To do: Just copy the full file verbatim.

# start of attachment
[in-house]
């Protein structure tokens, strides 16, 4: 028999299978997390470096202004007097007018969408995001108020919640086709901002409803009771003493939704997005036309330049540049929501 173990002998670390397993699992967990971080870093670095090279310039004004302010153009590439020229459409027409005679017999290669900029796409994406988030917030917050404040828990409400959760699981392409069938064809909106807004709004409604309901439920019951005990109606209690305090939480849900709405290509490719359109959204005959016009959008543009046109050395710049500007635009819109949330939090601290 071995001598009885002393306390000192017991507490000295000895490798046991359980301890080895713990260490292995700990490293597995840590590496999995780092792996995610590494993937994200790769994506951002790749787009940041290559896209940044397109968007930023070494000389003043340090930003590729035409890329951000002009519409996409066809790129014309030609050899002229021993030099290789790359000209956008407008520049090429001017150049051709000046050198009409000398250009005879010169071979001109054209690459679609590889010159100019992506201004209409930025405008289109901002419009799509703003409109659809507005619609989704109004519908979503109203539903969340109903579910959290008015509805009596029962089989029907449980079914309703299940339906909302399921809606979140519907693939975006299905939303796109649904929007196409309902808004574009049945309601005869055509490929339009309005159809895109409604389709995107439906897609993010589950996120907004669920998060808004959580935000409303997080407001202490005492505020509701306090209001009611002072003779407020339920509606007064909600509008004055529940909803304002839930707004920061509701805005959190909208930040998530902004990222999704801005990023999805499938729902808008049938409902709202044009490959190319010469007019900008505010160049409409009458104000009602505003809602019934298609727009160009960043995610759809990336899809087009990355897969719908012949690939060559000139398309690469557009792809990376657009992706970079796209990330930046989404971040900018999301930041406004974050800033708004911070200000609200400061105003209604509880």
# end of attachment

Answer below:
[in-house]
């Protein structure tokens, strides 16, 4: 028999299978997390470096202004007097007018969408995001108020919640086709901002409803009771003493939704997005036309330049540049929501 173990002998670390397993699992967990971080870093670095090279310039004004302010153009590439020229459409027409005679017999290669900029796409994406988030917030917050404040828990409400959760699981392409069938064809909106807004709004409604309901439920019951005990109606209690305090939480849900709405290509490719359109959204005959016009959008543009046109050395710049500007635009819109949330939090601290 071995001598009885002393306390000192017991507490000295000895490798046991359980301890080895713990260490292995700990490293597995840590590496999995780092792996995610590494993937994200790769994506951002790749787009940041290559896209940044397109968007930023070494000389003043340090930003590729035409890329951000002009519409996409066809790129014309030609050899002229021993030099290789790359000209956008407008520049090429001017150049051709000046050198009409000398250009005879010169071979001109054209690459679609590889010159100019992506201004209409930025405008289109901002419009799509703003409109659809507005619609989704109004519908979503109203539903969340109903579910959290008015509805009596029962089989029907449980079914309703299940339906909302399921809606979140519907693939975006299905939303796109649904929007196409309902808004574009049945309601005869055509490929339009309005159809895109409604389709995107439906897609993010589950996120907004669920998060808004959580935000409303997080407001202490005492505020509701306090209001009611002072003779407020339920509606007064909600509008004055529940909803304002839930707004920061509701805005959190909208930040998530902004990222999704801005990023999805499938729902808008049938409902709202044009490959190319010469007019900008505010160049409409009458104000009602505003809602019934298609727009160009960043995610759809990336899809087009990355897969719908012949690939060559000139398309690469557009792809990376657009992706970079796209990330930046989404971040900018999301930041406004974050800033708004911070200000609200400061105003209604509880």